Samsung demands to see Apple’s next iPhone, iPad

In the latest round of an ongoing patent and trademark battle, Samsung on Friday asked a federal judge to make Apple provide the Korean electronics giant with samples of its next-generation iPhone and iPad.

Samsung asked U.S. District Court Judge Koh to force Apple to give it “a sample of the final, commercial version of the next generation iPhone that Apple will release, whether that product will be known as the ‘iPhone 4S,’ ‘iPhone 5,’ or some other name,” according to a motion filed in a California federal court Friday.

The Korean company also made a similar demand for “the next generation iPad that Apple will release, whether that product will be known as the ‘iPad 3,’ ‘Third Generation iPad,’ or some other name.”

Assuming Koh agrees with Samsung, Apple would have until June 17 to hand over the iPhone and iPad samples.

Samsung’s move followed Apple’s motion earlier this month demanding that its rival show it several of its newest smartphones and tablets as part of the discovery phase of a lawsuit Apple filed against Samsung. Koh granted Apple’s motion.

Samsung and Apple have been locked in a legal battle since mid-April, when Apple accused Samsung of “slavishly” copying the iPhone and iPad with several of its smartphones and its Galaxy Tab tablets. Apple claimed that Samsung’s devices infringed 10 Apple patents and violated two trademarks.

Days later, Samsung counterattacked by filing lawsuits against Apple in Germany, Japan and Korea.

Apple, which is notoriously secretive about its products — the company has not yet publicly revealed the successor to the iPhone 4, its name or when it will go on sale — refused Samsung’s outside-the-court request earlier this month for the next iPhone and iPad, according to Samsung’s account of negotiations.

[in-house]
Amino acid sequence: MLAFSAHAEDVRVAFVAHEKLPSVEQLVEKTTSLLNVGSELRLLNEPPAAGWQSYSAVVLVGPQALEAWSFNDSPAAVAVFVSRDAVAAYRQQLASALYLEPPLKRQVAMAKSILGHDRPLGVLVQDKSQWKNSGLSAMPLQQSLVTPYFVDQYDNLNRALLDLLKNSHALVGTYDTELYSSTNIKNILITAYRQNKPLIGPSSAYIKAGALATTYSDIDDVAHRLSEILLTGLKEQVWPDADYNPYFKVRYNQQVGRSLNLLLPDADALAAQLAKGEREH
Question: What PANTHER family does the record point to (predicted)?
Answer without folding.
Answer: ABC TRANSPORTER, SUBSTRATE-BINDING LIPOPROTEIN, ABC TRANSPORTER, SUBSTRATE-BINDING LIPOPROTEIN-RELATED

Most analysts believe Apple will not begin selling a new iPhone until September , breaking with its practice the last four years, when it launched a new model in June or July.

Samsung acknowledged that the Apple products are not yet available, but argued that the future iPhone and iPad would be what its smartphones and tablets would compete against and be compared to in the future.

According to Samsung’s motion, Apple’s lawyers agreed to reciprocal disclosure during a May 12 hearing, and Judge Koh said she expected as much from Apple.

“Apple responded that Apple was ‘willing to live by the rules that you set for us, because we want an injunction here and we’re not going to get an injunction here if we’re not reciprocal in discovery,'” the motion said Apple’s attorney told Koh on May 12.

For her part, the judge also said she anticipated an exchange of products.

“At the close of the hearing the Court stated: ‘And let me just say to counsel for Apple, I’m not going to be happy if you’re not [sic] going to say what’s good for the goose is not good for the gander. Okay?'” the motion read.

Samsung said it would abide by the same rules set by Koh for Apple, and that the next-generation iPhone and iPad would be examined by outside counsel only, and not shown to Samsung employees.

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Jim Love, Chief Content Officer, IT World Canada

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